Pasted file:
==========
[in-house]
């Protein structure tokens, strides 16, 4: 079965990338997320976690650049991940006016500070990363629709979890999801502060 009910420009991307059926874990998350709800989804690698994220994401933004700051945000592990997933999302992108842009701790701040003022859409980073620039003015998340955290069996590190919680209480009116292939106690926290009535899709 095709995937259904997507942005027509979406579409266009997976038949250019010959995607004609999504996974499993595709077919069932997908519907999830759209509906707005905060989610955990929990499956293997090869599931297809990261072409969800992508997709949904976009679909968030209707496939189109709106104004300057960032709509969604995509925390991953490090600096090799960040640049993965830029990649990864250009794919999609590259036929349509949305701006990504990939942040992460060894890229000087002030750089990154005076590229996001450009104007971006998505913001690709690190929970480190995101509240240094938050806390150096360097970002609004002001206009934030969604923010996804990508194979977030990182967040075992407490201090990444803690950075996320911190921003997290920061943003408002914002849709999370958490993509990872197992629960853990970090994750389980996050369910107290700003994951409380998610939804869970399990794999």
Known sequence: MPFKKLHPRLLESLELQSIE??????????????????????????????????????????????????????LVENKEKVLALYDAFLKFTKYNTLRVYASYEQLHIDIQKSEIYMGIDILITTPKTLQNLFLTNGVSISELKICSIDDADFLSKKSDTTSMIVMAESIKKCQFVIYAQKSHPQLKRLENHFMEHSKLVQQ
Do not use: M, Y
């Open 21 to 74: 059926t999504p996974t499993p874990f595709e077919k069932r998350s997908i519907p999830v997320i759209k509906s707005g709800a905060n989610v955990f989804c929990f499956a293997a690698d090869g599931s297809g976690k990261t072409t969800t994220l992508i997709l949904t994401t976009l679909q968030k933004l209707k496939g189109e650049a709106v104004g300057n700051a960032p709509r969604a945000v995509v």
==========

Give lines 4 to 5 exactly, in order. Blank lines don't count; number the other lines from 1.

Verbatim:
Do not use: M, Y
């Open 21 to 74: 059926t999504p996974t499993p874990f595709e077919k069932r998350s997908i519907p999830v997320i759209k509906s707005g709800a905060n989610v955990f989804c929990f499956a293997a690698d090869g599931s297809g976690k990261t072409t969800t994220l992508i997709l949904t994401t976009l679909q968030k933004l209707k496939g189109e650049a709106v104004g300057n700051a960032p709509r969604a945000v995509v």